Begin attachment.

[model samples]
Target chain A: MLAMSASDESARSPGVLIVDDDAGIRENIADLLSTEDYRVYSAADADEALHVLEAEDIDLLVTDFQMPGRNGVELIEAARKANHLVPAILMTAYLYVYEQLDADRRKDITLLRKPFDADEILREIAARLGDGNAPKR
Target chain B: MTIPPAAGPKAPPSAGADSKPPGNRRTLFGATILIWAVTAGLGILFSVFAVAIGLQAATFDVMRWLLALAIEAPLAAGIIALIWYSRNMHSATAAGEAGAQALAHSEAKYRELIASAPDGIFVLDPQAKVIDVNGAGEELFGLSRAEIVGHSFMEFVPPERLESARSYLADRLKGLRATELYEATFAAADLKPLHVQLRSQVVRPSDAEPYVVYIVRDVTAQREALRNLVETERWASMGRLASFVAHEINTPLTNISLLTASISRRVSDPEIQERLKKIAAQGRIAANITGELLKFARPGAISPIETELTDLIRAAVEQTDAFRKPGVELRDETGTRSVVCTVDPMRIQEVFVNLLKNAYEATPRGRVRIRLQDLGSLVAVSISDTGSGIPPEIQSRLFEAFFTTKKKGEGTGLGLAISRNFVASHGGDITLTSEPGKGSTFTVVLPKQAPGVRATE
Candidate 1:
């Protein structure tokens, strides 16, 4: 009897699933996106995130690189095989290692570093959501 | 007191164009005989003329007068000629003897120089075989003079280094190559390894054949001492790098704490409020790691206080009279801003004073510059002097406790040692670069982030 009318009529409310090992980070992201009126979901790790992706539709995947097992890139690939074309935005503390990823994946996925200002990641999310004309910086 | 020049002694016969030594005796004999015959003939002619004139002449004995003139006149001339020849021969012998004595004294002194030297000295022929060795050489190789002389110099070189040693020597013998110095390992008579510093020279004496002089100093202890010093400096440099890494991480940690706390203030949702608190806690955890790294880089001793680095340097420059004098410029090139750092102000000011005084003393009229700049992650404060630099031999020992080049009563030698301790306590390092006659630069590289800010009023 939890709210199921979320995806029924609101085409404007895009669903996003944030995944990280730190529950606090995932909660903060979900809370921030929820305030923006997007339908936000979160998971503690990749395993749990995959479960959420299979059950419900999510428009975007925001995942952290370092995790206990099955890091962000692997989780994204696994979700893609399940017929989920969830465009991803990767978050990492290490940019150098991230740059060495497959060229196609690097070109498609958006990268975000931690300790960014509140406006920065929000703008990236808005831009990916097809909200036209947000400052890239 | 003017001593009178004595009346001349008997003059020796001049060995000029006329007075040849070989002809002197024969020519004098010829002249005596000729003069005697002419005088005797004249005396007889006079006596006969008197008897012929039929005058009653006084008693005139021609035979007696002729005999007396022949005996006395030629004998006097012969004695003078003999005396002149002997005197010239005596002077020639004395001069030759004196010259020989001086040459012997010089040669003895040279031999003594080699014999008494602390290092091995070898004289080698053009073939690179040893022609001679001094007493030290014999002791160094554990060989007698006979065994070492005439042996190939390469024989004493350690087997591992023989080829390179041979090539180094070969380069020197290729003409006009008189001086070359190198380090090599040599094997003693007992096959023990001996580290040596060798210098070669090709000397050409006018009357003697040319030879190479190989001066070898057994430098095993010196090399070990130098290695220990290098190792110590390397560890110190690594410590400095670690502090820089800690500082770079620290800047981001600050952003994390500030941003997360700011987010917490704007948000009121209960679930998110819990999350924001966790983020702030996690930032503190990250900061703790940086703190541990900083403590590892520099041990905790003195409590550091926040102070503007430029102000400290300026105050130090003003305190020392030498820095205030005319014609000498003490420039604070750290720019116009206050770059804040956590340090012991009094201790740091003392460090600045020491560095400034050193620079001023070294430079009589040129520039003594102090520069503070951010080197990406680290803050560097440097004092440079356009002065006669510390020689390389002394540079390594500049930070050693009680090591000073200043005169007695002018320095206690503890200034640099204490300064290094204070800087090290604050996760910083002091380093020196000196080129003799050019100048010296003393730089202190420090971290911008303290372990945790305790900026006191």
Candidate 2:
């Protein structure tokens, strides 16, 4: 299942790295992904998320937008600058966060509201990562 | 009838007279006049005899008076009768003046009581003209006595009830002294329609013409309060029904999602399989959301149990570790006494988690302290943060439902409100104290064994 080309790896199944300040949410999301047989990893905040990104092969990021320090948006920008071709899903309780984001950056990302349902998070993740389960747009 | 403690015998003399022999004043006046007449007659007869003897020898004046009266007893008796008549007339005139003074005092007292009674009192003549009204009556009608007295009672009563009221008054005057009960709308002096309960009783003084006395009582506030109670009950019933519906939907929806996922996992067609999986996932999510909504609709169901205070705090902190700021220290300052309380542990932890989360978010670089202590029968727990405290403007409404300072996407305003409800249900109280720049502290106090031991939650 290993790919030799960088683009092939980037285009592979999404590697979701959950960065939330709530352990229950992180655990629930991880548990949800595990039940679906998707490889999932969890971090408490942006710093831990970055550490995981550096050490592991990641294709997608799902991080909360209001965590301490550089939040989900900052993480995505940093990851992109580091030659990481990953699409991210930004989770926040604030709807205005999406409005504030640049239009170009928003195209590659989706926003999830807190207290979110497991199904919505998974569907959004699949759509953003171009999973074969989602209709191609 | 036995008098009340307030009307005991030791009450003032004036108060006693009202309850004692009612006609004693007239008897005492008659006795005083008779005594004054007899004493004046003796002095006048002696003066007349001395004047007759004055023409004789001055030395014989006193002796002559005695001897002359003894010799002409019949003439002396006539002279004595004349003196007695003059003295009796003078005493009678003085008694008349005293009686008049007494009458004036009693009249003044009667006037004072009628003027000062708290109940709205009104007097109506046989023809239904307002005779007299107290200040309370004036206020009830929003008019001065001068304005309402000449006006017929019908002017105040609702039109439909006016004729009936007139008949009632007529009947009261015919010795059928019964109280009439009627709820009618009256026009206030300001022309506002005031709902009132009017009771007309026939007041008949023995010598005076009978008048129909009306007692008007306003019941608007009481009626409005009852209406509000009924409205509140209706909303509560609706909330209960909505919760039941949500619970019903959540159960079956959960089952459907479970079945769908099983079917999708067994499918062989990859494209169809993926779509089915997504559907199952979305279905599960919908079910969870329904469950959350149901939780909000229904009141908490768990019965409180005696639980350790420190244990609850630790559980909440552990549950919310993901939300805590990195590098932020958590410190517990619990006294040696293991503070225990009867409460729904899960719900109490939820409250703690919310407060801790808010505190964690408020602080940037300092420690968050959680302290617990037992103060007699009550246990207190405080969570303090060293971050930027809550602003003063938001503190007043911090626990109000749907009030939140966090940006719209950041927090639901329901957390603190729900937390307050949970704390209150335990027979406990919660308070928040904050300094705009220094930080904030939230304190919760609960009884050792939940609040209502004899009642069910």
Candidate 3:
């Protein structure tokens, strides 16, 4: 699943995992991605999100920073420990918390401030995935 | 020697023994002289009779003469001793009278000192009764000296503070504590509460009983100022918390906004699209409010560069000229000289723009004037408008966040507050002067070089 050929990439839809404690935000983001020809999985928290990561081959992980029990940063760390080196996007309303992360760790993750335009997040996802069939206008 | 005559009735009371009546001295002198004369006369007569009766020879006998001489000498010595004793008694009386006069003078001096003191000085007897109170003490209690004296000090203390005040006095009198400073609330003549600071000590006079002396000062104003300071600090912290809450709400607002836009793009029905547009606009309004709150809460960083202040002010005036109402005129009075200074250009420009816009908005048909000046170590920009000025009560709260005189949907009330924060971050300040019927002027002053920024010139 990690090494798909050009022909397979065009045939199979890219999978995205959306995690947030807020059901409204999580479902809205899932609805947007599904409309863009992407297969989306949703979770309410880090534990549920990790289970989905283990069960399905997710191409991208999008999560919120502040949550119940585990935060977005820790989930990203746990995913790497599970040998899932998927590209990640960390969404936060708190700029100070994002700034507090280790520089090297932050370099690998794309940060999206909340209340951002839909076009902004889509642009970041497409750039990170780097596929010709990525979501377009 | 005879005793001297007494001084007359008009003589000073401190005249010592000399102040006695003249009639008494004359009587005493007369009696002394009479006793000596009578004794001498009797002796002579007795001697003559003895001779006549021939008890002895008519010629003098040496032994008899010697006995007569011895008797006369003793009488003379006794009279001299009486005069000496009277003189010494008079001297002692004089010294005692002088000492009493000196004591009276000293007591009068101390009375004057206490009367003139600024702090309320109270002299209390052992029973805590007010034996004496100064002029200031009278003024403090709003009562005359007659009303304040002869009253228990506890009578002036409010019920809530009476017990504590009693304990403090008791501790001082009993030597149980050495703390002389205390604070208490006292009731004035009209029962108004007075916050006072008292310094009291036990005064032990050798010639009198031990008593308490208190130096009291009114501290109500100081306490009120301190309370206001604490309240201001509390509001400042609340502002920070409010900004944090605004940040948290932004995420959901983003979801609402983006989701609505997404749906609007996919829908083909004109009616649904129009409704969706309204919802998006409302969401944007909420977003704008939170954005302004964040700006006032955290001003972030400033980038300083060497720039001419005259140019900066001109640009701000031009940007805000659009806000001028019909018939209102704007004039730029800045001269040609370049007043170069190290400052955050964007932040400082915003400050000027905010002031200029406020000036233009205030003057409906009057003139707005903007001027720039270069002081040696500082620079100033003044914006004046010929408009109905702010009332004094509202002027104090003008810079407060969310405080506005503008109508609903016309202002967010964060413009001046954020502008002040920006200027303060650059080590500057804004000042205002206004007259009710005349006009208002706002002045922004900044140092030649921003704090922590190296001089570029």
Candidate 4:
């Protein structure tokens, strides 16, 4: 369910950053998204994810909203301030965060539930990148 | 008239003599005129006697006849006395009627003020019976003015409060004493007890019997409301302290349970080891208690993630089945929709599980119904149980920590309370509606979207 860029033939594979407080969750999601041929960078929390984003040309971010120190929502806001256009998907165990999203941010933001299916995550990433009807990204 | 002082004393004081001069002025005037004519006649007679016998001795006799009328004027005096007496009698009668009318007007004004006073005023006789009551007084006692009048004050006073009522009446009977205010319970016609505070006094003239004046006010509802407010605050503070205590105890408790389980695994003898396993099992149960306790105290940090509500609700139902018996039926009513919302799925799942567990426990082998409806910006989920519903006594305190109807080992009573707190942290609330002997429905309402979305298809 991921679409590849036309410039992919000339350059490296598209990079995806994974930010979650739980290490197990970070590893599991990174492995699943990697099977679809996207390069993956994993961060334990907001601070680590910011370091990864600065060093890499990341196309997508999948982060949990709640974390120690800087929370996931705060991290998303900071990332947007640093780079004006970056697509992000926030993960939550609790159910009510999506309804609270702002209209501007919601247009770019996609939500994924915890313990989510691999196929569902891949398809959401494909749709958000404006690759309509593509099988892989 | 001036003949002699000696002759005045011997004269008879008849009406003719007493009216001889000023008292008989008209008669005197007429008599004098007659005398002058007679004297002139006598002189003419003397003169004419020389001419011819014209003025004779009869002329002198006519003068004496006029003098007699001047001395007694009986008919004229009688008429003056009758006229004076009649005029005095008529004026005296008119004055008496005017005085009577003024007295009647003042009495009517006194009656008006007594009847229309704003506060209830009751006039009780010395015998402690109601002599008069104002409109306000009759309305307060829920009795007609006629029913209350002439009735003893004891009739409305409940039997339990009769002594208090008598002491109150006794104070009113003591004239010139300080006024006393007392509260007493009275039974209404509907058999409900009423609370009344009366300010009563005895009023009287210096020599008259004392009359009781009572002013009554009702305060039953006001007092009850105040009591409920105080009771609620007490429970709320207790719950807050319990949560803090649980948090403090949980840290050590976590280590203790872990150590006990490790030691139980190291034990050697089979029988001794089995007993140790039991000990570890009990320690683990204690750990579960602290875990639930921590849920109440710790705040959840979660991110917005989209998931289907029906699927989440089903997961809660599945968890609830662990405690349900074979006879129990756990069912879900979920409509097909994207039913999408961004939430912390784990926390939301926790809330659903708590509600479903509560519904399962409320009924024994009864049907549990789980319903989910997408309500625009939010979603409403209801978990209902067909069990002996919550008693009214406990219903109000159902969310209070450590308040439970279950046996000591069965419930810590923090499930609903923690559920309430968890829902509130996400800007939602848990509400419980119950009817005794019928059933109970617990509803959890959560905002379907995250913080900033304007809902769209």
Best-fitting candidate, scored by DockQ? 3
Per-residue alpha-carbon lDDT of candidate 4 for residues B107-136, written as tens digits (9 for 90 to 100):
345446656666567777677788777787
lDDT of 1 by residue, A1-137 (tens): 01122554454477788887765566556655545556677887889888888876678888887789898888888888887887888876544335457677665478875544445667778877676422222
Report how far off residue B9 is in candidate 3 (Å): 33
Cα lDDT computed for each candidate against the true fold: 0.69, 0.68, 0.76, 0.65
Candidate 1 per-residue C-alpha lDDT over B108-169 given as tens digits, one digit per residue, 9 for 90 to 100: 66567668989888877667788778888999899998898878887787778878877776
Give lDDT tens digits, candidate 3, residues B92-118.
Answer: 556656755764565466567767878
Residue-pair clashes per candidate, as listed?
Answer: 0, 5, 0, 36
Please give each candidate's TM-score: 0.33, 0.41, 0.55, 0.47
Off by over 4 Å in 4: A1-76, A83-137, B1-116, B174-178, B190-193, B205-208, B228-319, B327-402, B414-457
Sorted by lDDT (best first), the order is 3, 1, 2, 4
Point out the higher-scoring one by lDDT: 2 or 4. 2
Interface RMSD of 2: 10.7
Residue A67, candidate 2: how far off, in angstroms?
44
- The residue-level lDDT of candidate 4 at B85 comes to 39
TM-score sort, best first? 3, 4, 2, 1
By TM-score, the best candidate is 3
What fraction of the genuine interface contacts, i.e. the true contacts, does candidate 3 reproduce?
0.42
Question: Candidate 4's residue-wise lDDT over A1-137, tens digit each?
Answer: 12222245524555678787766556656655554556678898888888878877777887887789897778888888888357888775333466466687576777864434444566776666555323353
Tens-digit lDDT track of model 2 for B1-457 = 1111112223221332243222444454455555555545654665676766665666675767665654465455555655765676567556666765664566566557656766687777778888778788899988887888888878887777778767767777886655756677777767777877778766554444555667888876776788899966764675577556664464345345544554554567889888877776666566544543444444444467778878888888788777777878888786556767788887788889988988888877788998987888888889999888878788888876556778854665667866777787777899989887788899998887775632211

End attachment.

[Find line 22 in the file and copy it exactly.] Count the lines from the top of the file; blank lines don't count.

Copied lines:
Answer: 0, 5, 0, 36